Senate Majority Leader Mitch McConnell (right) gives a thumbs-up as he and his director of operations, Stephanie Muchow, head for the Senate floor at the U.S. Capitol in Washington, D.C., on Dec. 1, 2017. (Chip Somodevilla/Getty Images)

The United States may be getting a major tax overhaul after Senate Republicans scraped their way to a victory early Saturday morning, with a bill that critics say senators haven’t read and one that gives major concessions to corporations and the wealthy.

The bill, approved just before 2 a.m. in a 51-49 vote, next heads to conference, CBS News reports. Sen. Bob Corker (R-Tenn.) was the only Republican to vote no; as with the House version, there was absolutely no Democratic support.

The legislation was officially released hours before the vote, giving the public and legislators virtually no time to examine the details. Twitter was ablaze with outrage as final provisions via notes scribbled in the margins were thrown in at the last minute.

Senate Minority Leader Chuck Schumer (D-N.Y.) wanted to postpone the vote so that there could be more time to look the bill over, but he was voted down.

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“Not a single member of this chamber has read the bill,” Schumer said on the Senate floor before the bill passed. “It would be impossible.”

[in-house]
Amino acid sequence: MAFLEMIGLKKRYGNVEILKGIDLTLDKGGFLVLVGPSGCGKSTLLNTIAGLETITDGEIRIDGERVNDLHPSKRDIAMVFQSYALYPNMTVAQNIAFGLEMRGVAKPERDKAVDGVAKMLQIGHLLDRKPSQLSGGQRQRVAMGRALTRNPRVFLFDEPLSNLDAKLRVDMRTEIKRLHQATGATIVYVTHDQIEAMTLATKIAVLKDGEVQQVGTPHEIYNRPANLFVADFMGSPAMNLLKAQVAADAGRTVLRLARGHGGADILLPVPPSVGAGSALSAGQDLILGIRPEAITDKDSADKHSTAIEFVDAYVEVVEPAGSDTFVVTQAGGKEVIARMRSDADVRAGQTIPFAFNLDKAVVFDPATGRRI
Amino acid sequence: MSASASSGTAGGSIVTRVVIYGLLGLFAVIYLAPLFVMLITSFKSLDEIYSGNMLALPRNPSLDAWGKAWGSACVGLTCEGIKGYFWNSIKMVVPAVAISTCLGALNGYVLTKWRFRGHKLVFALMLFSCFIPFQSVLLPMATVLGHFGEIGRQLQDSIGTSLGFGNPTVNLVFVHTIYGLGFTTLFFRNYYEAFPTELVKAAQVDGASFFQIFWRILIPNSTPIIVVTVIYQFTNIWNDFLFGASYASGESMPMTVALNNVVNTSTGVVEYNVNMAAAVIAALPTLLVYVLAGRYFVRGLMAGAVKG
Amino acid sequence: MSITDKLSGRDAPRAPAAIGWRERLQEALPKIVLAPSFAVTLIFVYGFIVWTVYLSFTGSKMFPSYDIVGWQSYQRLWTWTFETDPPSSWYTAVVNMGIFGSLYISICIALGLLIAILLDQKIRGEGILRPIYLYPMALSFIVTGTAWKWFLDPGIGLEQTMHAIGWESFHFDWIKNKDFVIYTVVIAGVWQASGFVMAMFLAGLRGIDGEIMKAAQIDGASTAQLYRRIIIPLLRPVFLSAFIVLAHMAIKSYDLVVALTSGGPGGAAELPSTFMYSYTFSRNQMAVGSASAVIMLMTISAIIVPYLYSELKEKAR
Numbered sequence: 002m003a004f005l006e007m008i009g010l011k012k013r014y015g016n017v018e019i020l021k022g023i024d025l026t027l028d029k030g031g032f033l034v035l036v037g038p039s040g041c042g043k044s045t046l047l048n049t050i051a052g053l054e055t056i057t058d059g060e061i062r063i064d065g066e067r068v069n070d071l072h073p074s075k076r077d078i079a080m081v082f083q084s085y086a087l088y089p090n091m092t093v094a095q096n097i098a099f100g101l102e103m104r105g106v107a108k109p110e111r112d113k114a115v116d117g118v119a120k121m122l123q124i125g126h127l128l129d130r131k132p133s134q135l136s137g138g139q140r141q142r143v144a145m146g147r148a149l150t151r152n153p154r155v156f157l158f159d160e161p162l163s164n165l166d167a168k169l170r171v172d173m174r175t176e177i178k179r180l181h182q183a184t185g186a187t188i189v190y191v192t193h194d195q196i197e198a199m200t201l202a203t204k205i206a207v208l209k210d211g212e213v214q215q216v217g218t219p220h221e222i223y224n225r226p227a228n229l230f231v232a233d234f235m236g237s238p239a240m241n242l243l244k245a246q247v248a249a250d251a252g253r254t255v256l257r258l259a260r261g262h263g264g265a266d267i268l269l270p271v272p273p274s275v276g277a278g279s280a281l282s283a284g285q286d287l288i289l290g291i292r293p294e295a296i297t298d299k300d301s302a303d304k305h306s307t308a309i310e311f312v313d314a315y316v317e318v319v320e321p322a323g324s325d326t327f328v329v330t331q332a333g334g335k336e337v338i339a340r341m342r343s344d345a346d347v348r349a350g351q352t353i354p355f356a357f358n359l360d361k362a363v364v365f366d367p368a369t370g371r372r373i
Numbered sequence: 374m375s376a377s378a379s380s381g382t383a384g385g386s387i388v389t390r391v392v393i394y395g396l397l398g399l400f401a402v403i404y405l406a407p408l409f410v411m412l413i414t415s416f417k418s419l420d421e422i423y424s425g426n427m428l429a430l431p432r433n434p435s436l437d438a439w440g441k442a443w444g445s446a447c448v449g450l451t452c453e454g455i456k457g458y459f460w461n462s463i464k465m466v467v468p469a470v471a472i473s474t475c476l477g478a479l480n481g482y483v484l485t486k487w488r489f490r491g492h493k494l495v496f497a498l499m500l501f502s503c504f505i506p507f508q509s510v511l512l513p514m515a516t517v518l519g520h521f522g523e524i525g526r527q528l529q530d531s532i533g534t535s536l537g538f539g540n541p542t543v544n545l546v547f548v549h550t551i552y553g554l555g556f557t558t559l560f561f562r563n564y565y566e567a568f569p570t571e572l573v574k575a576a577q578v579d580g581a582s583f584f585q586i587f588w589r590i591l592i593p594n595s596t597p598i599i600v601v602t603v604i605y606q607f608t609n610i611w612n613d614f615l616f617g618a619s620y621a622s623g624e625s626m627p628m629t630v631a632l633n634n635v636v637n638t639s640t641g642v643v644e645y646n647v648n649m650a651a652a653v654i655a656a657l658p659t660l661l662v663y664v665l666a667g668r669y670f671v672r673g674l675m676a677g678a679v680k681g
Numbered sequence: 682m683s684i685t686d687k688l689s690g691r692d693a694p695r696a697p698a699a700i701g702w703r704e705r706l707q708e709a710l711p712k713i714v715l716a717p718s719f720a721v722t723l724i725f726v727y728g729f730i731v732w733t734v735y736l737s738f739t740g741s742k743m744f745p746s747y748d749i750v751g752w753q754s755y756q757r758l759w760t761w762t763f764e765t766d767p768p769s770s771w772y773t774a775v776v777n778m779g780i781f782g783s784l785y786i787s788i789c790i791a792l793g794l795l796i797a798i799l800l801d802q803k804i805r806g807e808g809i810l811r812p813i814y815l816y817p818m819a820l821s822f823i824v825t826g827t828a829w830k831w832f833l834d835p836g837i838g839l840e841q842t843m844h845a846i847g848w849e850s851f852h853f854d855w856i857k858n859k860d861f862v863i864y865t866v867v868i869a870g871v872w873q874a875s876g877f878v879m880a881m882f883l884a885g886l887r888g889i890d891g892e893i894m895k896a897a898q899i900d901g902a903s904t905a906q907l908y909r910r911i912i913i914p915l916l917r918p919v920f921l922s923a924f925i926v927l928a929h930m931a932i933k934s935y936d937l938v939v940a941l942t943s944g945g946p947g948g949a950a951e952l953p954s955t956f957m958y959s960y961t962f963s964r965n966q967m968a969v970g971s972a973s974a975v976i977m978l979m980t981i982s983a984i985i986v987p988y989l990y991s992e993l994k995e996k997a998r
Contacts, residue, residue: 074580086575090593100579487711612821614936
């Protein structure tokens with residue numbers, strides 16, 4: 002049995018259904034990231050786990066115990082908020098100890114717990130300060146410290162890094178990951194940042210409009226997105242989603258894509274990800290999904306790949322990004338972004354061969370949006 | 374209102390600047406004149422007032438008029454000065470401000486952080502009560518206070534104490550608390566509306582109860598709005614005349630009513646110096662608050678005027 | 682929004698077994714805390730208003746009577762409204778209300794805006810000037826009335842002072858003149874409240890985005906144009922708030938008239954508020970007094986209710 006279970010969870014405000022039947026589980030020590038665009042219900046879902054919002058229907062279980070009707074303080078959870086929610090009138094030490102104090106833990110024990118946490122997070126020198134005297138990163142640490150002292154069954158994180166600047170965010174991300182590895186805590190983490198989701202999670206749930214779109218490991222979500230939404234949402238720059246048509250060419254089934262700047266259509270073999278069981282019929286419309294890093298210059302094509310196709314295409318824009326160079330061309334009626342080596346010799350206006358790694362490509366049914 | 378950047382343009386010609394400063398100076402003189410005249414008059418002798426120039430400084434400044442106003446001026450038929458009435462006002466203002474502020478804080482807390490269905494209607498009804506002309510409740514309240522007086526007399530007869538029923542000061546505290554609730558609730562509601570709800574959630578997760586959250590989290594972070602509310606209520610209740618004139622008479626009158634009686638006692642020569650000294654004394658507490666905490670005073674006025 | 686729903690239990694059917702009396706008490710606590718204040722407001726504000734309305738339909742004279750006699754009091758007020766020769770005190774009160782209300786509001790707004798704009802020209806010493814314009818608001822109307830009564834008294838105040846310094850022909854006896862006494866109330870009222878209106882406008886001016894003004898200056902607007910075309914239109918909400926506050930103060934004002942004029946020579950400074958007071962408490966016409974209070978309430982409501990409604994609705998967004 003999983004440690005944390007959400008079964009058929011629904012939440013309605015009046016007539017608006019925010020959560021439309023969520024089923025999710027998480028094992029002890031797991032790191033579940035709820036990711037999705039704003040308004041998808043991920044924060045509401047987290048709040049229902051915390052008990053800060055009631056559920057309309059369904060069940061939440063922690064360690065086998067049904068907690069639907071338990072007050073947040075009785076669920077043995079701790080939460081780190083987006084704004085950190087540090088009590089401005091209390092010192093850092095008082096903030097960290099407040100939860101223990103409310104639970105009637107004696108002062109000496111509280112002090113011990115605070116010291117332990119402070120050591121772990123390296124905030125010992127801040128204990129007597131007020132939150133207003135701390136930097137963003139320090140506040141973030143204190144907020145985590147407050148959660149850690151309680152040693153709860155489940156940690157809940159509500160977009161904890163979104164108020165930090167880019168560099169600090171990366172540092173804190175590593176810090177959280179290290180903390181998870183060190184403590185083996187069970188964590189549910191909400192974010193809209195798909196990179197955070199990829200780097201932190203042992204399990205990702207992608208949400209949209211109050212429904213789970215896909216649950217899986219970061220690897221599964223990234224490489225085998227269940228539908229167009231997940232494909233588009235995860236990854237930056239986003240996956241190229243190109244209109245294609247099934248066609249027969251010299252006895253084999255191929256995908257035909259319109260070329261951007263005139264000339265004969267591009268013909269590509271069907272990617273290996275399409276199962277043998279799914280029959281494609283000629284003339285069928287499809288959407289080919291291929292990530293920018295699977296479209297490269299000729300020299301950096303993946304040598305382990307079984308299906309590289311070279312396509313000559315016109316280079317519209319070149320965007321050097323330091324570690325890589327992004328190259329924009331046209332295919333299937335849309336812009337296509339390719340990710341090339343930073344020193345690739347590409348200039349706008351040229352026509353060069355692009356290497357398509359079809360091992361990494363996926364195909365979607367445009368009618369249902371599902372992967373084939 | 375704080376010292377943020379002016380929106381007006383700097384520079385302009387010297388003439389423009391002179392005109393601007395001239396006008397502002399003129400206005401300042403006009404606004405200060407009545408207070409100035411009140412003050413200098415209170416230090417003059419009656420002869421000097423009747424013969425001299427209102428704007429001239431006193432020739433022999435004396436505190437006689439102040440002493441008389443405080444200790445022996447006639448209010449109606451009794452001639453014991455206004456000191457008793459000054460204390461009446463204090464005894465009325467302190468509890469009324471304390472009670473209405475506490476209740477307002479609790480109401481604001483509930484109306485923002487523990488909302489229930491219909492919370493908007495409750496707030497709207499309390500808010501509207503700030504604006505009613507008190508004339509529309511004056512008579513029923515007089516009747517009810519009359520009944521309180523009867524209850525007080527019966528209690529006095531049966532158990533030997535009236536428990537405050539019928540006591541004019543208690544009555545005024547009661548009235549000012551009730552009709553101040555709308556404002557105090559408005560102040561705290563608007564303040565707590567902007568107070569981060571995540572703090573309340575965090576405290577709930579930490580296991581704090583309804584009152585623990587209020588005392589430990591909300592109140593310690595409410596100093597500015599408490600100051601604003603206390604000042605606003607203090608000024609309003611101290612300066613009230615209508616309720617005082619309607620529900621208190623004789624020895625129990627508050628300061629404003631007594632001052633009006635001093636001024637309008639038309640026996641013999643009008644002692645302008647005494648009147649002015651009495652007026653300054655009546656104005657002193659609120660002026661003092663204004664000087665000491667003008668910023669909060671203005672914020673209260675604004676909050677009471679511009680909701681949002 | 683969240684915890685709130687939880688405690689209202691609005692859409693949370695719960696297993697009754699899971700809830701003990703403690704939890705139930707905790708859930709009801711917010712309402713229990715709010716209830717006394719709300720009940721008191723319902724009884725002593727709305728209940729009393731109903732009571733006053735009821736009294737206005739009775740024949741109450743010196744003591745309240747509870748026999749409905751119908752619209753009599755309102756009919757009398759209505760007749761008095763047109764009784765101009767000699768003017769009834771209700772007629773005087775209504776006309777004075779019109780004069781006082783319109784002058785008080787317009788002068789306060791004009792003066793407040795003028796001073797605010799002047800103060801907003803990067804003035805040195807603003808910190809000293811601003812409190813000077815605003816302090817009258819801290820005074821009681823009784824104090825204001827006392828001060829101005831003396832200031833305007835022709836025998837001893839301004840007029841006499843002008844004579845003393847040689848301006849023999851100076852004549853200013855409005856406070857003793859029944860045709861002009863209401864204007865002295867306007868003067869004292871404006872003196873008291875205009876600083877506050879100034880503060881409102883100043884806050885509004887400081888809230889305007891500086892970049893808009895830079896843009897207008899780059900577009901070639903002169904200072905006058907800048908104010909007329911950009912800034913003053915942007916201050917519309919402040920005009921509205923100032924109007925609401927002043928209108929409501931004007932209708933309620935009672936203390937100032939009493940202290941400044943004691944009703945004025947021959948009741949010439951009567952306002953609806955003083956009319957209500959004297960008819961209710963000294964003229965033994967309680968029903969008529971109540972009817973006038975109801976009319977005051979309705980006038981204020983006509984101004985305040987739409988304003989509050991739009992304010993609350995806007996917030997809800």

CBS News reports that Sen. Claire McCaskill (D-Mo.) claimed that she was handed the amendments by a lobbyist, not anyone in the Senate, implying that lobbyists saw the bill before Democrats.

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According to CBS:

The Senate bill permanently lowers the corporate tax rate from 35 percent to 20 percent. Tax rates will also be cut for individuals, though their tax cuts will expire after a decade. The Senate bill keeps the same number of individual tax brackets, although it changes what those brackets are.

The Senate bill also repeals the individual mandate under Obamacare, something conservatives in Congress have long wanted. The House version does not touch the individual mandate.

The Senate bill, like the House bill, limits state and local income tax deductions to property taxes, with a cap of $10,000. The Senate bill increases the child tax credit from $1,000 to $2,000.

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The Senate bill is expected to add more than $1 trillion to the deficit over the next 10 years, according to a Joint Committee on Taxation analysis, a massive debt similar to what Senate Majority Leader Mitch McConnell (R-Ky.) used to deride former President Barack Obama about.

On Saturday morning the hashtag #TaxScamBill was trending on Twitter, with some saying that the country had devolved into a fascist state (Michael Moore doesn’t mince words), and even pointing out the tax cuts for private jet owners:

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President Donald Trump, heading toward his first major victory as president (legislative or otherwise), tweeted his glee over the bill’s passage.

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It’s ugly, y’all.

Read more at CBS News.